In his article in eWEEK's sister publication, Smarter Technology, Dennis McCafferty reports on the results of a study that shows that White House efforts at consolidating federal data centers to save money and improve operational and energy efficiency will be a tough nut to crack.
As McCafferty points out, the agencies are territorial, they don't want to use private vendors, and relatively few federal IT managers believe in the process.
The article references a MeriTalk survey that reveals that federal managers don't have the guidance they need to close down unneeded data centers, they don't have operational guidance about how they're supposed to consolidate with another agency, and they don't have any assurance that their needs will be met if another agency is in charge of their data center. But in reality, the problem is a lot worse than the survey indicates.
First, the current discussion about data center consolidation assumes that existing federal data centers can be consolidated at all. Second, it assumes that the operational needs of an agency operating a potential data center can meet the needs of tenant agencies.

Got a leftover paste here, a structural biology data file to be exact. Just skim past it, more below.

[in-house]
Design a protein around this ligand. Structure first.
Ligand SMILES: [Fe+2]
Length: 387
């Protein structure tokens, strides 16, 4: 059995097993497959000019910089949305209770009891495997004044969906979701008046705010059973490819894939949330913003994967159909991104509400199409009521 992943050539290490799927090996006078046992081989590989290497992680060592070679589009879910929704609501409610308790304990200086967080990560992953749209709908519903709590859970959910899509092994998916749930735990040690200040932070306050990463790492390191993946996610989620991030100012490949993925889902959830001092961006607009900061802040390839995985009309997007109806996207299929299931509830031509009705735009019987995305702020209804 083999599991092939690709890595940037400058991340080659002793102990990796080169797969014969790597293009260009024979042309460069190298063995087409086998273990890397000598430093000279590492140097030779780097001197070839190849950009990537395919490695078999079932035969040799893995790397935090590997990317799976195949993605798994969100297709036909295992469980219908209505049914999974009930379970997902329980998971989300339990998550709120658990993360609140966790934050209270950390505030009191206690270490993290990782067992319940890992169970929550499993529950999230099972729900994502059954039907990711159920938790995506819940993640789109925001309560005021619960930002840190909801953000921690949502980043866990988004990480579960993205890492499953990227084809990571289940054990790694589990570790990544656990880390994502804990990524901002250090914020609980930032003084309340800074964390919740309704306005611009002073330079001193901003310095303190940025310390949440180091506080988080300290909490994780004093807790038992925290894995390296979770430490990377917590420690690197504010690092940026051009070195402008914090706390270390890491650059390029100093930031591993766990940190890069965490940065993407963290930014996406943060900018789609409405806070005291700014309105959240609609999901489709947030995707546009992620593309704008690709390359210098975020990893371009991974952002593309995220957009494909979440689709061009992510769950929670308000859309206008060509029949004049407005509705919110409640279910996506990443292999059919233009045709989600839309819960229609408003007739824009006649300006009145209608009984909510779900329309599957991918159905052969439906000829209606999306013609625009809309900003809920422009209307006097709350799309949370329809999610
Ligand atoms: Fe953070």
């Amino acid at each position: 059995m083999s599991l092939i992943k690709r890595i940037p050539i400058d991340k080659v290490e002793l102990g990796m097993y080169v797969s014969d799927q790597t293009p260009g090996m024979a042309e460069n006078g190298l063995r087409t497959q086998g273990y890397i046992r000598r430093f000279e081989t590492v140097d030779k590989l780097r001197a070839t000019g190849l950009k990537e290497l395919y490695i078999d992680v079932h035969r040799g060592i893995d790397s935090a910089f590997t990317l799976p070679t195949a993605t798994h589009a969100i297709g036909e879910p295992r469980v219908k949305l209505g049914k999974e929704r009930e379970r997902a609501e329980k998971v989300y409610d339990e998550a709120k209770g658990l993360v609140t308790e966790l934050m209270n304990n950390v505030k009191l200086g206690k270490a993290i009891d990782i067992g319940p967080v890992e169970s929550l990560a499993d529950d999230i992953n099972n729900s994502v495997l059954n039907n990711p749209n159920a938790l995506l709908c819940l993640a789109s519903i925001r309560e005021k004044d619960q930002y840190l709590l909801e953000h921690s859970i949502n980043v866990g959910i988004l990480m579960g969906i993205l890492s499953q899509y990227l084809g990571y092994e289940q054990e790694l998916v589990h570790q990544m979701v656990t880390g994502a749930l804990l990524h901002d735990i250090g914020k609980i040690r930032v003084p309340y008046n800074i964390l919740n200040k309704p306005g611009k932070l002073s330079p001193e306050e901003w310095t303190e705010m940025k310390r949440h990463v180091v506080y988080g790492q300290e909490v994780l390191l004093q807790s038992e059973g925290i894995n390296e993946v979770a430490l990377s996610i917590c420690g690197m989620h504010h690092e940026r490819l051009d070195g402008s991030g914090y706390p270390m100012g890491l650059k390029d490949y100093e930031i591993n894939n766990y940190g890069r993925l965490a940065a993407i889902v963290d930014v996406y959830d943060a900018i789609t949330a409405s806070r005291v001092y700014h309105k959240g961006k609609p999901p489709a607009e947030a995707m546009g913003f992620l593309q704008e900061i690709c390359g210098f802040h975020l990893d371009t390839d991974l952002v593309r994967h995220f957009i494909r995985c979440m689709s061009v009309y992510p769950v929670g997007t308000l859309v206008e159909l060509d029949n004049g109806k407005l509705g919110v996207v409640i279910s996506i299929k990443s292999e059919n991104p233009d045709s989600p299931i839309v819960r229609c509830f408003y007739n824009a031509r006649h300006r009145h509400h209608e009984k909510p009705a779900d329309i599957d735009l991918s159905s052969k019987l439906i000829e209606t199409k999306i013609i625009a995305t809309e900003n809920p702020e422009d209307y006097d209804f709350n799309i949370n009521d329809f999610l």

Then there's the whole question of security-right now, each agency that requires a secure computing environment and requires security clearances for its people is under orders to satisfy its own clearance standards, meaning a security clearance for the Department of Defense isn't directly usable by say, the Department of Homeland Security. Likewise, the security standards for data centers are different.
But even that isn't the biggest problem. The biggest problem is the morass of federal procurement rules over the years that have mandated that agencies buy from the lowest bidder. Because of this, federal data centers are heavily populated by systems that run a single application or set of applications. Frequently they don't even communicate with each other, much less with systems in other agencies.
So while there are standards for federal data centers, such as support for a Unix-like user interface, this isn't the same thing as compatibility. Unless interoperability with some other system is required by the standards set in the original procurement, then there's not going to be any interoperability, if only because it adds to the cost.
So the result is that federal IT managers are faced with having a vast array of small data centers that generally meet only a few functions, serve only part of an agency's needs and aren't interoperable with anything else.